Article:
Monday, February 22, 2010

Are you an angry reader?

As a reader, how willing are you to suspend your disbelief? If you read a vampire novel, is it ruined because vampires don't really exist? If the book is set on an imaginary planet, do you find yourself pulled out of the story by a blue sun or pink grass? I'm guessing most of you would answer no to this.

Books are an escape, romances/fantasy/sci-fi especially, however the contemporary and historical romance genres don't seem to get cut as much slack as the paranormals do. It seems readers fully expect the paranormal worlds to be unreal and the historical and contemporary ones to be as genuine as possible.
Why is that?

To be honest, as a reader, I'm okay with some altered facts. I'm not reading a history book when I read a Victorian romance, I'm reading for entertainment. If I read a contemporary that features a small, quaint town, I'm perfectly accepting that such a place still exists in this world. Hollywood gets away with it all day and night, why not books? Are you one of those readers who gets bunched up by such things or are you capable of taking a story at its entertainment value?


  1. That's such an interesting question! I think my answer is that what I ask is that a book be consistent to its own world. The best paranormals work, no matter how outlandish the details, because the author establishes the rules of her world clearly and then sticks by them. If a contemp or historical does the same, I'm totally good.

  2. Louisa is right. I can accept anything as long as the details are consistent through the story. I don't read historical romance for facts. However, in Susan Johnson's early historicals, she footnoted where she got a certain fact or detail as it pertained to the story (and many of these were related to the sexual practices) I LOVED those footnotes. Seriously. I got as much enjoyment out of those as I have some books! How fun to read about real events and practices.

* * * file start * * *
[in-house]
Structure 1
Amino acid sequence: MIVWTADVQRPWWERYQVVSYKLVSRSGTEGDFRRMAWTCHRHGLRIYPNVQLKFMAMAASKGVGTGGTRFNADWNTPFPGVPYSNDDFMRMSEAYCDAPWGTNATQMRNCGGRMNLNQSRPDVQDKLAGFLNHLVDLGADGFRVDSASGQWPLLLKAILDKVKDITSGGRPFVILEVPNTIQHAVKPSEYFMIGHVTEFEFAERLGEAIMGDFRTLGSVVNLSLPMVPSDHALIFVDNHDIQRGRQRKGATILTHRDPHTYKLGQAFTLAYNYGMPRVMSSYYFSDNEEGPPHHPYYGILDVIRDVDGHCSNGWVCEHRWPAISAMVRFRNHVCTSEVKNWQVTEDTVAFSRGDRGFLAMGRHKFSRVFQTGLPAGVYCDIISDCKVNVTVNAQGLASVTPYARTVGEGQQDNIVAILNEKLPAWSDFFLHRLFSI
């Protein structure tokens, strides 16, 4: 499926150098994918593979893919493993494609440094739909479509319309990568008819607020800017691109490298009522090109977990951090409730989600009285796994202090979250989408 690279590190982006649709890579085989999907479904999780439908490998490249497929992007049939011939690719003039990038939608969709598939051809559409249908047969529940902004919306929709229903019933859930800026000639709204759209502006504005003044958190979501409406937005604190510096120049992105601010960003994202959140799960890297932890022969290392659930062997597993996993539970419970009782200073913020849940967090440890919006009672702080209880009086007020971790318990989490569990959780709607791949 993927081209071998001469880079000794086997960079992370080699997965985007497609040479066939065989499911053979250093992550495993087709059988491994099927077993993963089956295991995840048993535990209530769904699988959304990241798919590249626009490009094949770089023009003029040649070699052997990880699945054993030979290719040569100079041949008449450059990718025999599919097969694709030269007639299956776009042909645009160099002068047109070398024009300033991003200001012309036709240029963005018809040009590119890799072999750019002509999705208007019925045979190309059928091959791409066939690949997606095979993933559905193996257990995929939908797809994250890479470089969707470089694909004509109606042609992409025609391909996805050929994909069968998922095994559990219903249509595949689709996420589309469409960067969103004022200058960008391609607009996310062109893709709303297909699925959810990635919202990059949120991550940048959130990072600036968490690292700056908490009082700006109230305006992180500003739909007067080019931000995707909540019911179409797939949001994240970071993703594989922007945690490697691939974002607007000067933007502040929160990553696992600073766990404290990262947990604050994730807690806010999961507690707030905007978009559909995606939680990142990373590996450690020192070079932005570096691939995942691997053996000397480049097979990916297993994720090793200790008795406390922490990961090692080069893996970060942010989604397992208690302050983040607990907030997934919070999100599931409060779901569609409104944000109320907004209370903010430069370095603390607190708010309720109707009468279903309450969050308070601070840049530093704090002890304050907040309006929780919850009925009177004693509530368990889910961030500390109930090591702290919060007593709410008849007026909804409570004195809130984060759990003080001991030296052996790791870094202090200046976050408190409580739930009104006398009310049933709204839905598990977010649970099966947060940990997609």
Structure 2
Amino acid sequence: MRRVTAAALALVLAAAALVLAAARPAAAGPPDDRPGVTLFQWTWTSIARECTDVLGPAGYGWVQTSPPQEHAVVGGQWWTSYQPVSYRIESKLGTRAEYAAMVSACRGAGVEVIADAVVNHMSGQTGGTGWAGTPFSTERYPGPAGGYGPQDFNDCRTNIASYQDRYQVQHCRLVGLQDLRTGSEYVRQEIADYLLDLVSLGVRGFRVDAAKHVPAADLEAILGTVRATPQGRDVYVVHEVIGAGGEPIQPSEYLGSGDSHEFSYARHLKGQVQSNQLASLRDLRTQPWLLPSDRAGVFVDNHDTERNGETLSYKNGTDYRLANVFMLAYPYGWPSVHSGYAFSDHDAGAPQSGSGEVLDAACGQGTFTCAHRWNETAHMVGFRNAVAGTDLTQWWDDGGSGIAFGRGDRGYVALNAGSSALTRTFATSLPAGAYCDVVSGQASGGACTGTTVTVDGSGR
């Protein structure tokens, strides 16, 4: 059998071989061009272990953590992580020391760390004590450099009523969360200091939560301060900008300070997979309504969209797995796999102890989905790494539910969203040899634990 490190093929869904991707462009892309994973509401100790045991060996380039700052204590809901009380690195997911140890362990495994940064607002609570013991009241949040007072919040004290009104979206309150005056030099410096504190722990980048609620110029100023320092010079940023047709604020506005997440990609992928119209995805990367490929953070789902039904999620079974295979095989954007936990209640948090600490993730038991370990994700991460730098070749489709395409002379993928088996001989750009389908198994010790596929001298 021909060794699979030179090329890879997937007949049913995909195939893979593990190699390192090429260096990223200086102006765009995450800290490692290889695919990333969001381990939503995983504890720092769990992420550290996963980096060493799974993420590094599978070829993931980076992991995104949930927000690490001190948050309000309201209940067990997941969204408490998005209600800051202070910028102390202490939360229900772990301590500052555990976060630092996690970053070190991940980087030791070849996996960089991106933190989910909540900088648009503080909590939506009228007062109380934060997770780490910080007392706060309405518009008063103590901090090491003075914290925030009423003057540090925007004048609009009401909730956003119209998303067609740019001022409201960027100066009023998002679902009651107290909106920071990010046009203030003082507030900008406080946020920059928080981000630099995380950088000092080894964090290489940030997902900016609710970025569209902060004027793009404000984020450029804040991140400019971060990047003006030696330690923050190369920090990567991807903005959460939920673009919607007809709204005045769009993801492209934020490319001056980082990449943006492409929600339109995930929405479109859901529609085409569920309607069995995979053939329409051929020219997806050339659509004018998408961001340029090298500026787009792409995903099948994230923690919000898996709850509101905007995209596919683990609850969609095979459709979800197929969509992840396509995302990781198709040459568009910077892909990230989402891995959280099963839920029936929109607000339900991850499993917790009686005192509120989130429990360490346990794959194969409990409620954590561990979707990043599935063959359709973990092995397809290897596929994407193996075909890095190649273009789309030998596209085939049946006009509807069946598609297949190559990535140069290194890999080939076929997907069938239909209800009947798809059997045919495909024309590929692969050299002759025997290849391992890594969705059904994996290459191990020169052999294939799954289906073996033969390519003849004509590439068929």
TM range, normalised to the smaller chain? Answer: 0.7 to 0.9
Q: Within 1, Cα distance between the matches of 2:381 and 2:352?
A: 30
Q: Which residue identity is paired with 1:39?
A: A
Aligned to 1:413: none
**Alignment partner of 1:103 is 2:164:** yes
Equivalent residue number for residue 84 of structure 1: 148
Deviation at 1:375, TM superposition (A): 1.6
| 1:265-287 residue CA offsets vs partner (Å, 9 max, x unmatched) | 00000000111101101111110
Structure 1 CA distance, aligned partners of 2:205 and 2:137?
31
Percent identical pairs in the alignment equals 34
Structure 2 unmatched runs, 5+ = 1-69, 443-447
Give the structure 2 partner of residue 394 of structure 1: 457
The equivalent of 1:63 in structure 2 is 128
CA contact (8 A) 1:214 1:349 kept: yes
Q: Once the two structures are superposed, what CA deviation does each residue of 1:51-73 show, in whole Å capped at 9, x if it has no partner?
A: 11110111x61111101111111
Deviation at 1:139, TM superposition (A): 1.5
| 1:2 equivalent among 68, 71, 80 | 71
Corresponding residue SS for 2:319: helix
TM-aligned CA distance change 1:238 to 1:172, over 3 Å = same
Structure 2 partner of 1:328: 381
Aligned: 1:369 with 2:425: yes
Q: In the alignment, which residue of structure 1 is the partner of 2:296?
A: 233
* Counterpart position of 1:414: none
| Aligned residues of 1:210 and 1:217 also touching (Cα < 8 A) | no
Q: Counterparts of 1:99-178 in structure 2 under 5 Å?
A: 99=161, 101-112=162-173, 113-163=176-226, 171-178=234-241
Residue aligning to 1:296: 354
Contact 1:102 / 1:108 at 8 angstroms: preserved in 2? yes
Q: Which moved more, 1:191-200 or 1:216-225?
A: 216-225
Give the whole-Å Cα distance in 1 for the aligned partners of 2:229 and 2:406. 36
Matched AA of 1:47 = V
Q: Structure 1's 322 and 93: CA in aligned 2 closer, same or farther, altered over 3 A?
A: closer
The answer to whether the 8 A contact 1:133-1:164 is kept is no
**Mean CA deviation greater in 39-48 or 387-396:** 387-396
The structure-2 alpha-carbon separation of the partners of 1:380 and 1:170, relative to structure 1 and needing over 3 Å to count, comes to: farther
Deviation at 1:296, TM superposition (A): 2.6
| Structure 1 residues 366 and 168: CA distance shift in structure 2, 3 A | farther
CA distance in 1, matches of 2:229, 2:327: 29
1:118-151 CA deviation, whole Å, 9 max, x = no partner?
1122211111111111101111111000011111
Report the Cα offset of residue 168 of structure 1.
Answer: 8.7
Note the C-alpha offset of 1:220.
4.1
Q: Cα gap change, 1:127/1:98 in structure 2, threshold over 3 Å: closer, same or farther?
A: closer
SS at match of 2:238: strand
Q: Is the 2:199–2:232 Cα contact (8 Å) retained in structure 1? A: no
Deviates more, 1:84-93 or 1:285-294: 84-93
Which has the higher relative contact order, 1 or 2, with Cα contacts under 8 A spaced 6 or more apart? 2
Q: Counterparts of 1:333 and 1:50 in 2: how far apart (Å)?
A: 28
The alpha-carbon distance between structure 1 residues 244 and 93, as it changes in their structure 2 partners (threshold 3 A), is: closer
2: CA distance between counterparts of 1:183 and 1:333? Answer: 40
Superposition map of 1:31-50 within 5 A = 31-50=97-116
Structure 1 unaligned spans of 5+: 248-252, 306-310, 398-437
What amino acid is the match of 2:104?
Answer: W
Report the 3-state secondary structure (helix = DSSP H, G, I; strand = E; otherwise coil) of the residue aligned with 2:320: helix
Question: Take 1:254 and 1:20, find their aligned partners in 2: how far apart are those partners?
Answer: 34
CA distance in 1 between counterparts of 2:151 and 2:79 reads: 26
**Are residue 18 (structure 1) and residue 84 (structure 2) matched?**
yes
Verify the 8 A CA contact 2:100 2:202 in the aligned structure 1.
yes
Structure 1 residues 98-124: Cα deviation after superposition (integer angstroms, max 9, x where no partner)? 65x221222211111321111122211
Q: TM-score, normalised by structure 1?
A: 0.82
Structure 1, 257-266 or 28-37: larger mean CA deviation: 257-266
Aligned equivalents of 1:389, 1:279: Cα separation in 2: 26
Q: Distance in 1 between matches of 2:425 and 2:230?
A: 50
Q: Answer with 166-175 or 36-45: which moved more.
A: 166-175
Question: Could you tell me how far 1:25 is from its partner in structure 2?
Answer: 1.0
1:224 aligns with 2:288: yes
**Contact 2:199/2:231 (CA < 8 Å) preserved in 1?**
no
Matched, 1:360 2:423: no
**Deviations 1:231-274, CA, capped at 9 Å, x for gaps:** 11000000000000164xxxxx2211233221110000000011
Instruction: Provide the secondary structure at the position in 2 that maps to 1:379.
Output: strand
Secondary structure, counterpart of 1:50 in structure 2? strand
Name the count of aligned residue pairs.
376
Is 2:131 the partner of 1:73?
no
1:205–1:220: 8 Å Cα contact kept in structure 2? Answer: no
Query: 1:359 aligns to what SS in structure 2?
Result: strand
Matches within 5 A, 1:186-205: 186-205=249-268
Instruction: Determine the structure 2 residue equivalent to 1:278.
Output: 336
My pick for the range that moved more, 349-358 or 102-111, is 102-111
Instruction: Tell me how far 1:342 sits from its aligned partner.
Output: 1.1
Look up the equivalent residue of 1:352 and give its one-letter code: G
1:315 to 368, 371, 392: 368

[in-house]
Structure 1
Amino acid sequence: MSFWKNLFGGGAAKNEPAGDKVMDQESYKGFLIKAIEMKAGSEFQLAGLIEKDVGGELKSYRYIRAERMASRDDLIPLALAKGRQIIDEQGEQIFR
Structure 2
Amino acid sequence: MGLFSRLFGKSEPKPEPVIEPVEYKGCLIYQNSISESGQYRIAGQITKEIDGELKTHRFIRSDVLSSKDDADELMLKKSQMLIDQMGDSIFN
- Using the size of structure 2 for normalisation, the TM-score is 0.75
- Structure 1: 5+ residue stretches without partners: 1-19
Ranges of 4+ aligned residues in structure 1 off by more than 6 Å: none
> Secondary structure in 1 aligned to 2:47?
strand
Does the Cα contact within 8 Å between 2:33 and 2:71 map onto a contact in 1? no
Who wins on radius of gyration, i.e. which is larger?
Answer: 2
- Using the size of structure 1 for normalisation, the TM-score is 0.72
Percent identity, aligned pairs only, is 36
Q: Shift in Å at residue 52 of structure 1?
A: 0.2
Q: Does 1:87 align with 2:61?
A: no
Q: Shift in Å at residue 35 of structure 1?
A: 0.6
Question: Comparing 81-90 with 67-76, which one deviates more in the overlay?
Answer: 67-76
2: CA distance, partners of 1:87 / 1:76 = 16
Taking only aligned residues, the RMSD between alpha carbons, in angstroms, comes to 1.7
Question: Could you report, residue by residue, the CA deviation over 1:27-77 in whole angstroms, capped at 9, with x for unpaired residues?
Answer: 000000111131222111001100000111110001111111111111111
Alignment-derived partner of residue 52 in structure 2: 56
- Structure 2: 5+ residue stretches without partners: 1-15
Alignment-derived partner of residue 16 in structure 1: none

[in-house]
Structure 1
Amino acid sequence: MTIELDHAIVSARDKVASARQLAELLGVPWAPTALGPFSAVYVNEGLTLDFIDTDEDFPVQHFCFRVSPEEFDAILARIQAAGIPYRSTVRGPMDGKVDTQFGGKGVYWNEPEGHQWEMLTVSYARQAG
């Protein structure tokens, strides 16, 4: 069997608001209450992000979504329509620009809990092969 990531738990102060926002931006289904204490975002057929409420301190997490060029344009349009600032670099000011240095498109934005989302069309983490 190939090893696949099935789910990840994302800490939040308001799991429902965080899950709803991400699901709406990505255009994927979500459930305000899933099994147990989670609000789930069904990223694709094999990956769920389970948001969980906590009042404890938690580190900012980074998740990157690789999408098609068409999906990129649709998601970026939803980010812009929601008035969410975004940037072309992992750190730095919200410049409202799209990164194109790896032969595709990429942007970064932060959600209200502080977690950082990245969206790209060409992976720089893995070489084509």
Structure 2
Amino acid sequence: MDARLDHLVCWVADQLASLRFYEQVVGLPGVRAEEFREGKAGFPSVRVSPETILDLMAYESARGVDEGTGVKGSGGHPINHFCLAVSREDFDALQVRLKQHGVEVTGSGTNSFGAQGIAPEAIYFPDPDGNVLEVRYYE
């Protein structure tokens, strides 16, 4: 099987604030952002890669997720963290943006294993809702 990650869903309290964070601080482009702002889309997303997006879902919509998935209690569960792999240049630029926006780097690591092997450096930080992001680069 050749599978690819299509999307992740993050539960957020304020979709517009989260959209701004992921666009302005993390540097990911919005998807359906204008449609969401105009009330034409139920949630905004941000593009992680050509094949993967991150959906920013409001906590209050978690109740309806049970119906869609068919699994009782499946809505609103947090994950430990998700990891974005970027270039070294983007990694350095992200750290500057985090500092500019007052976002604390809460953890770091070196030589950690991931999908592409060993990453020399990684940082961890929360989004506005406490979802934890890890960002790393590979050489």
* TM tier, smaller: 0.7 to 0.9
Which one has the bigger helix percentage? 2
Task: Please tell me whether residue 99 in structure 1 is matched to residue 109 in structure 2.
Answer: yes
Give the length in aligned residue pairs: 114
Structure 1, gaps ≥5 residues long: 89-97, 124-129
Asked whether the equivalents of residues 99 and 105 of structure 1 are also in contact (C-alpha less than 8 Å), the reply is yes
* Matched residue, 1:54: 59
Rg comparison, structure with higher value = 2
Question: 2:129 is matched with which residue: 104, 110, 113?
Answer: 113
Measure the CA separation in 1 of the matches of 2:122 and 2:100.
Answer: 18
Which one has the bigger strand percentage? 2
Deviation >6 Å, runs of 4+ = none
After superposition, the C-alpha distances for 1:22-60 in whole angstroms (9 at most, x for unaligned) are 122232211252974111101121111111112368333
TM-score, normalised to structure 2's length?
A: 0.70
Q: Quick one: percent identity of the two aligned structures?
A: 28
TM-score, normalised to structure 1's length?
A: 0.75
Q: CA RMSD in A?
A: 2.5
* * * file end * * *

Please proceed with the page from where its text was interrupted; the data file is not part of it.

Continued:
In paranormals and urban fantasies, pink grass and green skies are just fine with me. I can accept ANYTHING in that genre.

  3. The only thing that matters to me is that the characters are convinced. If they believe there are vampires/wizards/flying dragons, then I will believe it, but if the characters question it, so will I.

    And I agree with Louisa that the author has to stick to their own rules. I'm pretty picky when it comes to inconsistencies. If you tell me there are no modern technologies in the Land of X, I'd better not find out you've made an exception!

  4. I don't get too caught up in practicality. I think the idea of a literary license is great.

    Love that grumpy cat!

  5. I like to get lost in a story so I don't get too bunched up over the details with the exception of...things I have a lot of knowledge of. Like firefighting. I read a book by an author I love about firefighters (specifically the organization my father worked for for years) and the details were so extremely wrong I couldn't finish it. All it would've taken was a phone call on the author's part to get the details right.

    Oh well...

    Otherwise, I can lose myself in the story. Really I can. :)

  6. I guess I have some trouble suspending reality. Part of my problem is I pick up a series in the middle, when all the world building is established. But if there's a MC who's discovering the new world with me, sort of guiding me? Then I'm okay.

  7. I care not if reality is suspended. I am being entertained, and who knows what we will learn next week.

  8. I agree with Holly. As long as the characters are convinced and draw me in the rest does not matter. Great authors are like Calgon...They take me away.

  9. I'm okay with things like pink grass or whatever, if they're part of the world, have a purpose and are consistent. That's the mark of a really good world-builder.